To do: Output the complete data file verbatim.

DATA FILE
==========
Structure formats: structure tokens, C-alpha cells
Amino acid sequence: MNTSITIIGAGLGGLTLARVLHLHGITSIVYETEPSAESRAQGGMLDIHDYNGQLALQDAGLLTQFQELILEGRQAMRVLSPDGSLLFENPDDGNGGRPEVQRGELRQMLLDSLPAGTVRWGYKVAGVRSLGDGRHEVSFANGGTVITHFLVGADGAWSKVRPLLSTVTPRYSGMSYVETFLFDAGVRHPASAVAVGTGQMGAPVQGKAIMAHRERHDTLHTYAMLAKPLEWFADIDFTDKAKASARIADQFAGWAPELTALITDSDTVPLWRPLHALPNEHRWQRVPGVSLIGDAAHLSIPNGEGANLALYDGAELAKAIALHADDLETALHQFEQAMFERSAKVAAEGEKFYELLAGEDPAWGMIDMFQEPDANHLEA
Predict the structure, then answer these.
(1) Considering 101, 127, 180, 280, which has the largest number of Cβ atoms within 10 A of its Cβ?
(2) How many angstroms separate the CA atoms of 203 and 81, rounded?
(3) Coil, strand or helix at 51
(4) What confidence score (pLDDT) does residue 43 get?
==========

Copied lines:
Structure formats: structure tokens, C-alpha cells
Amino acid sequence: MNTSITIIGAGLGGLTLARVLHLHGITSIVYETEPSAESRAQGGMLDIHDYNGQLALQDAGLLTQFQELILEGRQAMRVLSPDGSLLFENPDDGNGGRPEVQRGELRQMLLDSLPAGTVRWGYKVAGVRSLGDGRHEVSFANGGTVITHFLVGADGAWSKVRPLLSTVTPRYSGMSYVETFLFDAGVRHPASAVAVGTGQMGAPVQGKAIMAHRERHDTLHTYAMLAKPLEWFADIDFTDKAKASARIADQFAGWAPELTALITDSDTVPLWRPLHALPNEHRWQRVPGVSLIGDAAHLSIPNGEGANLALYDGAELAKAIALHADDLETALHQFEQAMFERSAKVAAEGEKFYELLAGEDPAWGMIDMFQEPDANHLEA
Predict the structure, then answer these.
(1) Considering 101, 127, 180, 280, which has the largest number of Cβ atoms within 10 A of its Cβ?
(2) How many angstroms separate the CA atoms of 203 and 81, rounded?
(3) Coil, strand or helix at 51
(4) What confidence score (pLDDT) does residue 43 get?